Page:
Fair market value is defined as the price at which a business would change hands between a buyer and seller that are both willing and knowledgeable.
An OVR is prepared when an owner is seriously considering the possibility of selling and, while not intended to be definitive, frequently provides that owner with guidance on when and how to proceed.
The report is compiled by independent third parties such as consultants or real estate brokers who have intimate knowledge of the car wash industry. However, an OVR should not be considered an appraisal because information may be incomplete or imprecise and market conditions do change as can be seen in Figure 1, below.
In arriving at an indication of value, the analyst must exercise considerable judgment about the history and nature of the company, the economic outlook, financial condition of the company, future earnings capability and associated risks, cash flow, and the worth and value of the goodwill of the company.
Preparing an OVR for a closely held business such as a car wash is not an exact science and there is often a disparity in OVR values and those arrived at by certified property appraisers.
The reason for the disparity is appraisers are more concerned with the purpose or type of value to assign to the property and not whether a property will sell at the appraised price. Conversely, the focus of an OVR is with function and less with justification. Here, the goal is to ensure that a property will sell at the price designated by the market analysis.
The true investment value of a car wash business to a potential buyer is the free cash flow or current net earnings. For example, if new equipment is purchased for an express conversion, the owner should be able to pay for it over a period of time from the resulting savings in labor costs. Similarly, a car wash business should be able to pay for itself in three years, assuming earnings remain stable for that time period.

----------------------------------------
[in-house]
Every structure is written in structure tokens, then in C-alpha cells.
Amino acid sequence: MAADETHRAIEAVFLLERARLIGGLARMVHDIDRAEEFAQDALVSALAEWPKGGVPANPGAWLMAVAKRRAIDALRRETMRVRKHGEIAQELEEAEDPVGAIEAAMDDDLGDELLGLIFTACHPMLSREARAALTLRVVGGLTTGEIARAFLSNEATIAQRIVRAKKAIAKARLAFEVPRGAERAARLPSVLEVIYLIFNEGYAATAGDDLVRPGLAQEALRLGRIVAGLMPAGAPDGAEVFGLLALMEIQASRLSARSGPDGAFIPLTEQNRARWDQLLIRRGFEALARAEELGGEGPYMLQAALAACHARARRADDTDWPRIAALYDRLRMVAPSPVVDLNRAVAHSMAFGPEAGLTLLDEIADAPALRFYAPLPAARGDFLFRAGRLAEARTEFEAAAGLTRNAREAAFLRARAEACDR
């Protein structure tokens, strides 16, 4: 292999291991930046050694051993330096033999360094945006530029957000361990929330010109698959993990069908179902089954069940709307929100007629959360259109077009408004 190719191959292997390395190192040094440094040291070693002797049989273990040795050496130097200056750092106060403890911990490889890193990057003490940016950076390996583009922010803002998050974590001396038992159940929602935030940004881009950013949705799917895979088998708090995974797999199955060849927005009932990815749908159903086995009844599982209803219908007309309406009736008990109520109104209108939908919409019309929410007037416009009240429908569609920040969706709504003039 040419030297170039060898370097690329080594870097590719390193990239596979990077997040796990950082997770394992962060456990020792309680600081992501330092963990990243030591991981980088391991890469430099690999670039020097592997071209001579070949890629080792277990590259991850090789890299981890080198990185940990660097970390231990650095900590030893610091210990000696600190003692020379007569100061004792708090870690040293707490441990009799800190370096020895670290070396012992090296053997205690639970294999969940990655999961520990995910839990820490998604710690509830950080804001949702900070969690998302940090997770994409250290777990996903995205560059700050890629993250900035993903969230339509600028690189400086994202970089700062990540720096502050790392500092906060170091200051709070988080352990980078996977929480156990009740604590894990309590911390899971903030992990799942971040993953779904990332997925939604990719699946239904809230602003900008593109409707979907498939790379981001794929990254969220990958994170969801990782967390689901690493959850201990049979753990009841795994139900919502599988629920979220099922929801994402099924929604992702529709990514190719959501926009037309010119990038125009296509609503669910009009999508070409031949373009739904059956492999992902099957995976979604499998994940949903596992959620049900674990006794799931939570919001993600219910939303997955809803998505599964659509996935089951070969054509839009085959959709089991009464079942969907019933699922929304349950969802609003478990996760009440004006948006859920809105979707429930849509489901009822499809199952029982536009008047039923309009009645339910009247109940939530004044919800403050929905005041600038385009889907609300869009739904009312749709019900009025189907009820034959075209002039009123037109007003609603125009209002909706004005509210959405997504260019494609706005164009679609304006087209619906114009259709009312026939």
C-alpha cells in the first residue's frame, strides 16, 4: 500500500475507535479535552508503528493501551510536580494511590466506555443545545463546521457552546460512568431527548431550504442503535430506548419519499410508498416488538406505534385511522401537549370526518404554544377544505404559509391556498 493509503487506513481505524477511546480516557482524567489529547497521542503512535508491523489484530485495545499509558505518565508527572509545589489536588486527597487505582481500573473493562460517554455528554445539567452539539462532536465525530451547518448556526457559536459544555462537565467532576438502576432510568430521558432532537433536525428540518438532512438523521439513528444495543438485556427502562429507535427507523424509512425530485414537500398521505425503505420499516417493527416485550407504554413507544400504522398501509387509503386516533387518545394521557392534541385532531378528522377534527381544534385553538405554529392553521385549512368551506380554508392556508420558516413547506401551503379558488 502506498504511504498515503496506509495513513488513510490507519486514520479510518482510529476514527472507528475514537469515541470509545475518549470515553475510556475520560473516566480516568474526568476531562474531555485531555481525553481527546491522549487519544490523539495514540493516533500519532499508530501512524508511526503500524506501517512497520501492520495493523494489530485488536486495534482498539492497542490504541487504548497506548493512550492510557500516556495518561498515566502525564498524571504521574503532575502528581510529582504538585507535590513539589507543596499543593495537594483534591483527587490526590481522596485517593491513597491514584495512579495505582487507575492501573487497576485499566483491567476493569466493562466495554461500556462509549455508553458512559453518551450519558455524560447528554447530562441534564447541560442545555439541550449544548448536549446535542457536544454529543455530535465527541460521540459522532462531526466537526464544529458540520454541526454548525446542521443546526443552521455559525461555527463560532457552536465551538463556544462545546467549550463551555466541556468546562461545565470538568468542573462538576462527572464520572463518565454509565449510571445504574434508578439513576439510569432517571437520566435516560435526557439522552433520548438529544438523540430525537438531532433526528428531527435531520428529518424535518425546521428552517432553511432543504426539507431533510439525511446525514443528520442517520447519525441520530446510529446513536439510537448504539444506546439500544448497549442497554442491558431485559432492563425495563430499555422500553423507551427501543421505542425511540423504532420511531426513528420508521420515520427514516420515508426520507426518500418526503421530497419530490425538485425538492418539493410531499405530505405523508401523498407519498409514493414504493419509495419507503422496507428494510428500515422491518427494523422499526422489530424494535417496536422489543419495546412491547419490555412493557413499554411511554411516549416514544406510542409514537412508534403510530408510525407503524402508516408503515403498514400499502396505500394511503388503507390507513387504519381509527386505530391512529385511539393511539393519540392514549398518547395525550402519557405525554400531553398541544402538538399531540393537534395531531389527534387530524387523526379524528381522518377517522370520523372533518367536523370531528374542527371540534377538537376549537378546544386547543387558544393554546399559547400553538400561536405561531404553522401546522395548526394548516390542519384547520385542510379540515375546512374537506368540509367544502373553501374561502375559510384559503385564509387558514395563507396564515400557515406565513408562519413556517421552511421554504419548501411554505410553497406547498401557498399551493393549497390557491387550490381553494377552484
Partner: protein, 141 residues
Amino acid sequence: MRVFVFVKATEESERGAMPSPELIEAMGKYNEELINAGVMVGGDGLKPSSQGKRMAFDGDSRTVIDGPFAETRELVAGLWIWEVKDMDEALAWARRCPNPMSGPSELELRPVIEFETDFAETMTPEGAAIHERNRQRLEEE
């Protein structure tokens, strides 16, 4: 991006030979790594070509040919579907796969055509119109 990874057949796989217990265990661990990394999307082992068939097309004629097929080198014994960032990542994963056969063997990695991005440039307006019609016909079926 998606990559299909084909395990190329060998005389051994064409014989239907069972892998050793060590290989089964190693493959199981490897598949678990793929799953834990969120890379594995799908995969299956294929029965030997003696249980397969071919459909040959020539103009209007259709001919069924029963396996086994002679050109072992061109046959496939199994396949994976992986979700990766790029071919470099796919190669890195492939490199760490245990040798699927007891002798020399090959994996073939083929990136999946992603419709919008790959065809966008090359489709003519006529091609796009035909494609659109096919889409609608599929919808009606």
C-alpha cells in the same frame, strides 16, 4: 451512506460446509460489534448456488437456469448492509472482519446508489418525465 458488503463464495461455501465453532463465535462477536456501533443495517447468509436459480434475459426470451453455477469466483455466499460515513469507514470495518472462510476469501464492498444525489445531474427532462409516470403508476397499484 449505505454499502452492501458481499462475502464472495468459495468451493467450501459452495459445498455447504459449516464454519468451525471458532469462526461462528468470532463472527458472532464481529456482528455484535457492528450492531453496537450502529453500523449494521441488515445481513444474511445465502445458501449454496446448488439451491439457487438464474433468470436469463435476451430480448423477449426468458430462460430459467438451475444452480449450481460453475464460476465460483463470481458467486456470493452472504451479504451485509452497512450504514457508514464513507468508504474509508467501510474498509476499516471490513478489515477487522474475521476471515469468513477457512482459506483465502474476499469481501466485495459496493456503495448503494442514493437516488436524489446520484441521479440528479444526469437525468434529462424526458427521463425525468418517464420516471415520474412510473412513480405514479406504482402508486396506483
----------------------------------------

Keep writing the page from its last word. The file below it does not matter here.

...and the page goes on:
To illustrate, let’s develop an opinion of value for a one-person mobile detail business. This is an established business with a customer list that has generated recurring revenue for several years.
According to the experts, a significant portion of the value for a small business is generated from intangibles (goodwill) that create income and not hard assets like the furniture, fixtures, and equipment (F/F/E).
Goodwill can be described as the difference between the preliminary value of a business and the liquidation value of F/F/E. Preliminary value is determined by available cash flow (ACF) and the risks associated with obtaining it.
The first step in valuing goodwill is to calculate the weighted-average adjusted ACF which is also referred to as earnings before interest, taxes, depreciation and amortization (EBITDA), and before owner’s discretionary expenses and adjusted for extraordinary and nonrecurring income and expense items.
The factor by which ACF is multiplied to determine the preliminary business value depends on how much risk is involved in the continued profitability of the business under the new ownership. The lower the risk, the higher the value.
For example, most analysts opine a small personal service business, like our mobile detail operation where the owner will be the only professional service provider, is worth about one times current profits. The reason for one times profit is risk.
Since a mobile detail operation has no real estate development and ownership investment risk, the risks are competitive risk of producing sufficient gross sales and operations risk of ensuring effective and customer-centric operation.